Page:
lesser celandine or fig buttercup (Ficaria verna). Once it flowers between March and May, the difference is obvious: the lesser celandine has glossy yellow flowers that open up into a star-shape. Its leaves are also edible, but should only be consumed before it flowers!

The best time to collect creeping charlie is between March and June.

General Foraging Guidelines:

  • You should be 100 % certain you are identifying the correct plant. If you do not know what it is, DO NOT eat it! Do not pick if you're in doubt!

  • Don't harvest from contaminated areas such as busy roadsides, near industrial facilities, where dogs pee, along the edges of agricultural fields, old landfill sites etc.

  • Be mindful & harvest sustainably. Only pick from areas that have a plentiful supply, and never more than 1/4 of a plant, ideally only about 5 %.

  • Leave the harvesting area litter-free.



Preparation time: 1 hour (+ 30 minutes cooling time)
Main ingredients: flour, chocolate, sugar, creeping charlie
difficulty level: easy
makes: 12 brownies
suitable for
vegan, lactose-free, wheat-free, egg-free, yeast-free


150 g spelt flour (I use type 1050 which is the German equivalent to bread flour)
100 g ground almonds
g coconut blossom sugar or cane sugar
1 package (8g) vanilla sugar

50 g unsweetened cacao powder
4 tsp baking powder
a pinch of salt
100 g dark vegan chocolate, chopped (I use 70%)
400 ml coconut milk
110 g vegan margarine (or sub 90 g canola oil)
about 3 tbsp cacao nibs
2 handfuls of fresh creeping charlie
(optional) 3-5 fresh mint leaves


To make the herb-infused coconut milk:

Start by infusing the coconut milk with creeping charlie.

To a small saucepan, add 400 ml of coconut milk (both the creamy and the watery part).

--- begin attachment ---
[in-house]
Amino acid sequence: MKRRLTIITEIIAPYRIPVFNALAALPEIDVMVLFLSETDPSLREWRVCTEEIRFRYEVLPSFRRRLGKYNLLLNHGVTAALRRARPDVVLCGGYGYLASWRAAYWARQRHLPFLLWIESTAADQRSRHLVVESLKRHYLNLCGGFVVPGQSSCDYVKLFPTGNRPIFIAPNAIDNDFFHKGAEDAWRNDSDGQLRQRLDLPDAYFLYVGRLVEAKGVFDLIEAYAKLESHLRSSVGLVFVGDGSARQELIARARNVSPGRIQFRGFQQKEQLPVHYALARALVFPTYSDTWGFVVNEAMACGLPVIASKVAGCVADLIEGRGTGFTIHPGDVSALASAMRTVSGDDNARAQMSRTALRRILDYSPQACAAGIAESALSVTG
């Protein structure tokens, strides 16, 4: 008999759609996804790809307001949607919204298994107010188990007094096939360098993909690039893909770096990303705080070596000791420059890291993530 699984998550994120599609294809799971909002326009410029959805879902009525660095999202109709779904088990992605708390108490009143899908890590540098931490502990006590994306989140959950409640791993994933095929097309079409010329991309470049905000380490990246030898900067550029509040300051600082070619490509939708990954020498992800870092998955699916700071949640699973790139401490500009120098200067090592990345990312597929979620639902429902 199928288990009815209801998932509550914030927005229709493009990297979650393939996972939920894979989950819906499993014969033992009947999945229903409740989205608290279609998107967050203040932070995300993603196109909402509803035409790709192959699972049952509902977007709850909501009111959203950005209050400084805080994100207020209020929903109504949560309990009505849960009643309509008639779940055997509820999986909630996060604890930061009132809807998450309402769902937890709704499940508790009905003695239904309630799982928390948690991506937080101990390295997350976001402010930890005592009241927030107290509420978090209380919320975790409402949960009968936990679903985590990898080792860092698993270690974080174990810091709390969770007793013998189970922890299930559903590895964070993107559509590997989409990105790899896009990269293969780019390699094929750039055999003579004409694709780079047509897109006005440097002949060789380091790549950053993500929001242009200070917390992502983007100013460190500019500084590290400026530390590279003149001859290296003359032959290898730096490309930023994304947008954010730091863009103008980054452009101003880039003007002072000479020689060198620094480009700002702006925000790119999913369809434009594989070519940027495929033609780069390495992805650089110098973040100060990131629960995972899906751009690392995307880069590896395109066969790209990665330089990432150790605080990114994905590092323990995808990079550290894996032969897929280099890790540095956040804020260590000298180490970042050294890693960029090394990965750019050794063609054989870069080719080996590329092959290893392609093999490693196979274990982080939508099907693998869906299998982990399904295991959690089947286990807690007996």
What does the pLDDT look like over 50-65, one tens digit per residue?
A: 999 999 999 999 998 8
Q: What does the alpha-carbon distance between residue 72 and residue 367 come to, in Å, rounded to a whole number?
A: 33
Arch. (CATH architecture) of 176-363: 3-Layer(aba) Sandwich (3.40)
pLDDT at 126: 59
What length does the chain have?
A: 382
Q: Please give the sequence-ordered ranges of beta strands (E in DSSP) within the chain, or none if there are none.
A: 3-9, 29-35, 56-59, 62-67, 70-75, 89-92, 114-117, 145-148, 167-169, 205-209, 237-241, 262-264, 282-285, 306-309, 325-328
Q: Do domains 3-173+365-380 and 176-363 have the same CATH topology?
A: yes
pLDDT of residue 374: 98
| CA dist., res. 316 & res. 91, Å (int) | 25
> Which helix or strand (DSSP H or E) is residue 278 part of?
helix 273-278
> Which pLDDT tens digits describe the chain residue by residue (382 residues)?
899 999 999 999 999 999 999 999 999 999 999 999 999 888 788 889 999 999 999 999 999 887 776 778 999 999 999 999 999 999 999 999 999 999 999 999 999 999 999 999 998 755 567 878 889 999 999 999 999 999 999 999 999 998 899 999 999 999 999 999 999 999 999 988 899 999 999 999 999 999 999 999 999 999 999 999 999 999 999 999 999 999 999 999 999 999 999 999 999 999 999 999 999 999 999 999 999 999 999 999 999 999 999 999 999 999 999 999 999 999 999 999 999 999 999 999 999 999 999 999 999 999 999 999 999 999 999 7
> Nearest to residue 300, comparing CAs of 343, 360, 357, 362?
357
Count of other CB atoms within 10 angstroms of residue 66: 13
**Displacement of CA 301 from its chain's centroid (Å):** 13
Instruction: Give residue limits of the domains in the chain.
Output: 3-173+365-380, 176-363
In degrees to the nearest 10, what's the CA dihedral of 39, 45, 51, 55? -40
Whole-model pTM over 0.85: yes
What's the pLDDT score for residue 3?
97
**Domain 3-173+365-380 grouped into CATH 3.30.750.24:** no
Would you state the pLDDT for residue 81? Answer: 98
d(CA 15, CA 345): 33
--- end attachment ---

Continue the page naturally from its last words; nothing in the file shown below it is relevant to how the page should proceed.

Rinse the creeping charlie to remove any residual dirt, bugs, or soil that may be on the plant. Then, tear or "smack" the leaves to help them release their aromas.

Add about 2/3 of your creeping charlie to the coconut milk. Bring to a slight simmer, then turn off the heat and allow the herbs to steep in the coconut milk for at least 1-2 hours. I suggest infusing it overnight.

Strain the herbs, and use the infused coconut milk for the brownie recipe.

Creeping charlie before and after steeping in coconut milk overnight.

To make the brownies:

Preheat oven to 347 °F /175 °C.

Chop the remaining creeping charlie leaves and flowers very finely. Do the same with the mint leaves.

In a large mixing bowl, combine the flour, ground almonds, baking powder, vanilla sugar, sugar, cacao powder, cacao nibs, chopped creeping charlie and mint, and salt. Stir well.

hop the chocolate and melt it over a double-boiler.

In a separate bowl, beat the vegan margarine until fluffy. Slowly add in the flour mix and the herb-infused coconut milk, alternating. Mix everything together using an electric whisk. Lastly, add the melted chocolate, and mix again.

Pour the batter onto a greased or parchment lined baking tray. I used a smaller brownie tray, pictured here, and a second larger one. The batter should make about 12 brownies.

Bake in the preheated oven for about 30 minutes or until a toothpick inserted in the centre comes out clean. Allow to cool in the tin completely, then cut into squares.

Garnish with leaves and flowers from the creeping charlie, and/or other edible flowers such as daisies or violets.

Store brownies in an airtight container and eat within 3 days. If they last that long, congratulations for your self-discipline!

Looking for more foraged flower recipes? Here are some I really like:

Vegan Dandelion Cupcakes
Vegan Lemon & Elderflower Buttercream Layer Cake